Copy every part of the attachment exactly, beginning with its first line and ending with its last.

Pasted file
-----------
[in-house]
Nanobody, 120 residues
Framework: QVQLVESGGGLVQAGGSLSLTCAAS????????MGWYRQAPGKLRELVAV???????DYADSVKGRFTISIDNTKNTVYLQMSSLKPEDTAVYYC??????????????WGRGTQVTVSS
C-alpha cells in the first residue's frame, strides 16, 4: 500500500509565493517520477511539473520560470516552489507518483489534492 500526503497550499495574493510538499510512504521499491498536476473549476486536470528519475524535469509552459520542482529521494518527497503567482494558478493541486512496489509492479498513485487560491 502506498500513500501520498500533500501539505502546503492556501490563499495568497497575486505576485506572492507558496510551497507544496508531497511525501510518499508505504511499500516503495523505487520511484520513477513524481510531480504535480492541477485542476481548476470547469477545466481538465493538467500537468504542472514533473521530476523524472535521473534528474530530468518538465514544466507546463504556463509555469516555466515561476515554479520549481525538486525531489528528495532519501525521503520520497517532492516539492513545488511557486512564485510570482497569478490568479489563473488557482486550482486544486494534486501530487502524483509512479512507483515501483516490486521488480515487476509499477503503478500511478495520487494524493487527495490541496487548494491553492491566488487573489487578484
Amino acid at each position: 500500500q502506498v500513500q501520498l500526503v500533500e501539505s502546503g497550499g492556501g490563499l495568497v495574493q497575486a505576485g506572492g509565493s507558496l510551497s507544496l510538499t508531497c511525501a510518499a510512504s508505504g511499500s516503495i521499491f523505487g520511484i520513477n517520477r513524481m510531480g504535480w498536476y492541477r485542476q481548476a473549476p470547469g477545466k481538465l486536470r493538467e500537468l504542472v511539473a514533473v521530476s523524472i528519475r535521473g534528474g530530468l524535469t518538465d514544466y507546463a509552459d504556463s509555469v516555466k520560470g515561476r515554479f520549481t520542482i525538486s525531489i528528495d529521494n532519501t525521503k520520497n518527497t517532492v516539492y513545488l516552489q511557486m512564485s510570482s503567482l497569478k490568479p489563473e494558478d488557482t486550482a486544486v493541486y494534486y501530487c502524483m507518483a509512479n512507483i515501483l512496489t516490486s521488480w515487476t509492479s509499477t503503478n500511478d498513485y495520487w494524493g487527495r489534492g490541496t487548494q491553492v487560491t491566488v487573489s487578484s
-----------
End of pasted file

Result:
[in-house]
Nanobody, 120 residues
Framework: QVQLVESGGGLVQAGGSLSLTCAAS????????MGWYRQAPGKLRELVAV???????DYADSVKGRFTISIDNTKNTVYLQMSSLKPEDTAVYYC??????????????WGRGTQVTVSS
C-alpha cells in the first residue's frame, strides 16, 4: 500500500509565493517520477511539473520560470516552489507518483489534492 500526503497550499495574493510538499510512504521499491498536476473549476486536470528519475524535469509552459520542482529521494518527497503567482494558478493541486512496489509492479498513485487560491 502506498500513500501520498500533500501539505502546503492556501490563499495568497497575486505576485506572492507558496510551497507544496508531497511525501510518499508505504511499500516503495523505487520511484520513477513524481510531480504535480492541477485542476481548476470547469477545466481538465493538467500537468504542472514533473521530476523524472535521473534528474530530468518538465514544466507546463504556463509555469516555466515561476515554479520549481525538486525531489528528495532519501525521503520520497517532492516539492513545488511557486512564485510570482497569478490568479489563473488557482486550482486544486494534486501530487502524483509512479512507483515501483516490486521488480515487476509499477503503478500511478495520487494524493487527495490541496487548494491553492491566488487573489487578484
Amino acid at each position: 500500500q502506498v500513500q501520498l500526503v500533500e501539505s502546503g497550499g492556501g490563499l495568497v495574493q497575486a505576485g506572492g509565493s507558496l510551497s507544496l510538499t508531497c511525501a510518499a510512504s508505504g511499500s516503495i521499491f523505487g520511484i520513477n517520477r513524481m510531480g504535480w498536476y492541477r485542476q481548476a473549476p470547469g477545466k481538465l486536470r493538467e500537468l504542472v511539473a514533473v521530476s523524472i528519475r535521473g534528474g530530468l524535469t518538465d514544466y507546463a509552459d504556463s509555469v516555466k520560470g515561476r515554479f520549481t520542482i525538486s525531489i528528495d529521494n532519501t525521503k520520497n518527497t517532492v516539492y513545488l516552489q511557486m512564485s510570482s503567482l497569478k490568479p489563473e494558478d488557482t486550482a486544486v493541486y494534486y501530487c502524483m507518483a509512479n512507483i515501483l512496489t516490486s521488480w515487476t509492479s509499477t503503478n500511478d498513485y495520487w494524493g487527495r489534492g490541496t487548494q491553492v487560491t491566488v487573489s487578484s